Russian Federation
Tribunal of Int'l Commercial Arbitration at the Russian Federation Chamber of Commerce




The seller, a Russian enterprise, filed a claim asking for recovery of main debt and interest for crude oil shipped to the buyer, a trading firm in Gibraltar. According to the contract the seller undertook to effect deliveries up to 2,000,000 mt of crude oil within May-December 1993 under the shipping program to be agreed upon between the parties. Instead of reaching an agreement upon the shipping program, the parties decided to determine volumes and shipment dates in separate supplements to the contract. In all the parties concluded 18 supplements for every delivery. In December 1993 the seller suspended oil deliveries on the ground of the buyer's delay in payment for 3 last lots. The total quantity of the goods shipped to the buyer by the seller to the early 1994 amounted to 835.000 mt. of crude oil. The buyer submitted a counterclaim for damages requiring, in particular, for compensation of lost profit caused by the seller's failure to deliver 2,000,000 mt of crude oil under the terms of the contract.

The arbitration tribunal noted that the parties held different viewpoints on what quantity should be delivered under the contract, while the parties refused to determine the quantity and dates of delivery in the shipping program per month having fixed them in 18 separate supplements. The buyer alleged that since the parties agreed upon delivery of a quantity up to 2,000,000 mt of the goods, therefore they concluded a "frame" contract without fixing definite quantities and delivery dates, which were to be determined later on in respective supplements.

With reference to the former practice established by the parties, the buyer pointed out that if the parties had intended to deliver a definite quantity of oil they would have specified the certain figures in the contract and stipulated for admissible quantity options (plus, minus). The seller furthermore underlined that the parties had not incidentally incorporated the clause "up to" in the contract taking into account that the quantity would be based on specific lots of oil deliveries. The buyer argued the seller's understanding of the term "up to" having confirmed that before this contract the parties had established practice according to which the actually delivered quantity could fluctuate plus/minus 10% from the ascertained quantity. The buyer stated that the modification of the practice established between the parties as well as the way of quantity determination in the contract was initiated by the seller, who had emphasized that the considerable quantity of the oil to be delivered under the contract could hardly be more than 2,000,000 mt and most likely would be less. The term "up to" incorporated in the contract meant that the general quantity of the oil would be close to 2,000,000 mt.

The buyer submitted to the tribunal the letter of the officials from the Russian Ministry of Foreign Trade that represented point of view on the interpretation of the clause "up to" according to which this term could not be regarded as a ground for non-delivery of the oil quantity stipulated by the contract. The arbitration tribunal considered the Russian Federation law to be applicable in this case. The tribunal did not concur with the diametrically opposed opinions of the third persons interpreting the clause "up to 2,000,000 mt", regarding that they were not based on law and usages of oil trade.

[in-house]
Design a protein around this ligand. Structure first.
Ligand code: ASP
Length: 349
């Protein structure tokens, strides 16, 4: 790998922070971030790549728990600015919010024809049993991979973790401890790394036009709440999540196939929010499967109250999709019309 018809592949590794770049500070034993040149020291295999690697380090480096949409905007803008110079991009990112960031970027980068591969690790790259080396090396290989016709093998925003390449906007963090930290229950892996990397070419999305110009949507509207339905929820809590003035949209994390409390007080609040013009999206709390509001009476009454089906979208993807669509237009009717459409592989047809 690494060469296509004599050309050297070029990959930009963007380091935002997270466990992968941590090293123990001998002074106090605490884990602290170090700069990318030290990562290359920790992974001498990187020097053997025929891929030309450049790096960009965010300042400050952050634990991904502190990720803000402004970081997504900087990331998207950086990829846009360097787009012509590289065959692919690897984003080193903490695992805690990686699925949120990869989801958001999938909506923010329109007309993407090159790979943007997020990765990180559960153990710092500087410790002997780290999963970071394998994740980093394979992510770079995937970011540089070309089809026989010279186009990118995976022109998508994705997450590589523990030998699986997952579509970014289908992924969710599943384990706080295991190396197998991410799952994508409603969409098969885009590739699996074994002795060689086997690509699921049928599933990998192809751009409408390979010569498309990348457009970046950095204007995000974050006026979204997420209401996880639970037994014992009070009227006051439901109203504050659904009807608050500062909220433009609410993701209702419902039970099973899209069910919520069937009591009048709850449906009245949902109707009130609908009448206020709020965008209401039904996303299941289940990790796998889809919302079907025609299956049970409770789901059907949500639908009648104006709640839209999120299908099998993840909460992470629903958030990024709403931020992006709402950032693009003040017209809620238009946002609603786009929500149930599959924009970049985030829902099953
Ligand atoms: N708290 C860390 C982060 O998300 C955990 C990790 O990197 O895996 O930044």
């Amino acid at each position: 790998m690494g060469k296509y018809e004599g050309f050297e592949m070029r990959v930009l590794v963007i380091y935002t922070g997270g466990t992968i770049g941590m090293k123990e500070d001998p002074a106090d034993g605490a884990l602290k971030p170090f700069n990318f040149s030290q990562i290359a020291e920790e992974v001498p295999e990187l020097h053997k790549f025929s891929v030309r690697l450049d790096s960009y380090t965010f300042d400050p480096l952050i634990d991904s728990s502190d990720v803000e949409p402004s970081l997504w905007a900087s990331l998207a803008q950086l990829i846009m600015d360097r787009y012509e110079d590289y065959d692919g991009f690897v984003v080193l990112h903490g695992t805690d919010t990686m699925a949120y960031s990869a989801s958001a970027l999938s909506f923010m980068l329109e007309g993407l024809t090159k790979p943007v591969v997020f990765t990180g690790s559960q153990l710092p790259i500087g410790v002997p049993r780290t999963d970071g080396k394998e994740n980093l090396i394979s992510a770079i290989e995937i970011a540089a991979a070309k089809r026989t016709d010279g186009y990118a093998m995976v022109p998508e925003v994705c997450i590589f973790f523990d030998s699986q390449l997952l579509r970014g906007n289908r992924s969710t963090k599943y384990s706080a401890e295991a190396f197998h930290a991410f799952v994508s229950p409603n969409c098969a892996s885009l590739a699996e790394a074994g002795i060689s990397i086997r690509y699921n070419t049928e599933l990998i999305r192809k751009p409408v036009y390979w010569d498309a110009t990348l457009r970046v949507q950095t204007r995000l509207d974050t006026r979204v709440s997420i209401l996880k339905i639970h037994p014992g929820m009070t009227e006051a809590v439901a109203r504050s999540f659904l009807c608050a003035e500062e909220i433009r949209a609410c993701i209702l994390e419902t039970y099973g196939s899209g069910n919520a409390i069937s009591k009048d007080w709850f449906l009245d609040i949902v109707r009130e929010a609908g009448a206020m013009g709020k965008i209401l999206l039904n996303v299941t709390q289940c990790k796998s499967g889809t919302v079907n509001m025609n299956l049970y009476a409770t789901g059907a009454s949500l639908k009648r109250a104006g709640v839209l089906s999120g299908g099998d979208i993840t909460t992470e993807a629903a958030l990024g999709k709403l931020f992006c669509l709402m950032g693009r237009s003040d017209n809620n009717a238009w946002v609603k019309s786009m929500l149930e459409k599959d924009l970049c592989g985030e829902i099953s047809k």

The arbitrators rejected the buyer's reference on Art. 59 of the Fundamental Principles of Civil Legislation of the USSR 1991 (Principles) and on Art. 8(3) CISG as a ground for his allegations, having considered it unjustified. The tribunal noted inter alia that Art. 59 of the Principles contemplated that the rules of the interpretation of the terms of a contract according to the "real common will of the parties, taking into account the purpose of the contract" could be applied only referring to the literal meaning of a term of a contract. The contract term "up to 2.000.000 mt" therefore must be understood literally and the court could not construe it at will.

Art. 8(1) CISG stipulated that "statements made by and other conduct of a party are to be interpreted according to his intent where the other party knew or could not have been unaware what the intent was". The arbitration tribunal held that the buyer had earlier cited on the fact that the determination of the quantity by the term "up to 2,000,000 mt" was proposed by the seller. Making this offer the seller explained that the considerable quantity of oil that he had to deliver to the buyer would be most likely less than 2,000,000 mt. The tribunal concluded that at the time of the contract conclusion the buyer was aware of the seller's intent to deliver the oil in the quantity less than 2,000,000 mt.

The tribunal considered the practice established between the parties in contracts by fixing quantity at option "plus-minus 10%" and the fact that in this long-term contract the parties refused to determine quantity in a usual manner, to be another evidence of the seller's intent to deliver the oil in the quantity less than 2,000,000 mt.

The arbitration tribunal held that the seller was bound to deliver the oil not in the quantity of 2,000,000 mt but the quantity up to 2,000,000 mt and that the parties had fixed in separate supplements the quantities to be delivered, that were qualified moreover by the buyer as a "purchase of a usual oil lot". On this ground the tribunal rejected the buyer's counterclaim for damages including lost profit and satisfied the plea of the seller for recovery of the price for the oil delivered to the buyer and interest.


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Original in Russian:
- Unpublished

- Alexej G. Doudko}}